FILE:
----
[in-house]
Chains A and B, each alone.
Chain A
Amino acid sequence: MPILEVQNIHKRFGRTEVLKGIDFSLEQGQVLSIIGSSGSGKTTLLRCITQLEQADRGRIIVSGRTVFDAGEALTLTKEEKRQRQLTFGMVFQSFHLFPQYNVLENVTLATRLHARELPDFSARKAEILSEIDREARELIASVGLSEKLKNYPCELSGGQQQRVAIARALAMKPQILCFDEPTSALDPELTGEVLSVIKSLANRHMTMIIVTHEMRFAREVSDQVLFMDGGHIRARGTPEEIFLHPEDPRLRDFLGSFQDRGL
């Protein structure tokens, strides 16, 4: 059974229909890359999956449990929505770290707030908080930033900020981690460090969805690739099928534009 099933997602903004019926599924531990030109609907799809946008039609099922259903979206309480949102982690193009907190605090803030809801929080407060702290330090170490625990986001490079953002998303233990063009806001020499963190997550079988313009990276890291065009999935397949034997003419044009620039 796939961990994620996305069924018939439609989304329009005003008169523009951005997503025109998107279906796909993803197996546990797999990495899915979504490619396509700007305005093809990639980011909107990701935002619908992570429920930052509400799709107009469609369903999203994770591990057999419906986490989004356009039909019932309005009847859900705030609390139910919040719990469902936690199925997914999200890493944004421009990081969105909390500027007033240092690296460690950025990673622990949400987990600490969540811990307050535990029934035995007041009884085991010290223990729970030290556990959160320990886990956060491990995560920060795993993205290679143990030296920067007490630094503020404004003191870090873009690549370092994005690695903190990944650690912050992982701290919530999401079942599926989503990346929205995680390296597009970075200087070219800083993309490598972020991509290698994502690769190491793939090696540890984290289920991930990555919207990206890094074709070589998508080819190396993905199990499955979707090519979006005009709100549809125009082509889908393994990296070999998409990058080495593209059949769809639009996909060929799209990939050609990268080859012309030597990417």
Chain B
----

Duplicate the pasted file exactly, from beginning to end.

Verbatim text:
[in-house]
Chains A and B, each alone.
Chain A
Amino acid sequence: MPILEVQNIHKRFGRTEVLKGIDFSLEQGQVLSIIGSSGSGKTTLLRCITQLEQADRGRIIVSGRTVFDAGEALTLTKEEKRQRQLTFGMVFQSFHLFPQYNVLENVTLATRLHARELPDFSARKAEILSEIDREARELIASVGLSEKLKNYPCELSGGQQQRVAIARALAMKPQILCFDEPTSALDPELTGEVLSVIKSLANRHMTMIIVTHEMRFAREVSDQVLFMDGGHIRARGTPEEIFLHPEDPRLRDFLGSFQDRGL
């Protein structure tokens, strides 16, 4: 059974229909890359999956449990929505770290707030908080930033900020981690460090969805690739099928534009 099933997602903004019926599924531990030109609907799809946008039609099922259903979206309480949102982690193009907190605090803030809801929080407060702290330090170490625990986001490079953002998303233990063009806001020499963190997550079988313009990276890291065009999935397949034997003419044009620039 796939961990994620996305069924018939439609989304329009005003008169523009951005997503025109998107279906796909993803197996546990797999990495899915979504490619396509700007305005093809990639980011909107990701935002619908992570429920930052509400799709107009469609369903999203994770591990057999419906986490989004356009039909019932309005009847859900705030609390139910919040719990469902936690199925997914999200890493944004421009990081969105909390500027007033240092690296460690950025990673622990949400987990600490969540811990307050535990029934035995007041009884085991010290223990729970030290556990959160320990886990956060491990995560920060795993993205290679143990030296920067007490630094503020404004003191870090873009690549370092994005690695903190990944650690912050992982701290919530999401079942599926989503990346929205995680390296597009970075200087070219800083993309490598972020991509290698994502690769190491793939090696540890984290289920991930990555919207990206890094074709070589998508080819190396993905199990499955979707090519979006005009709100549809125009082509889908393994990296070999998409990058080495593209059949769809639009996909060929799209990939050609990268080859012309030597990417």
Chain B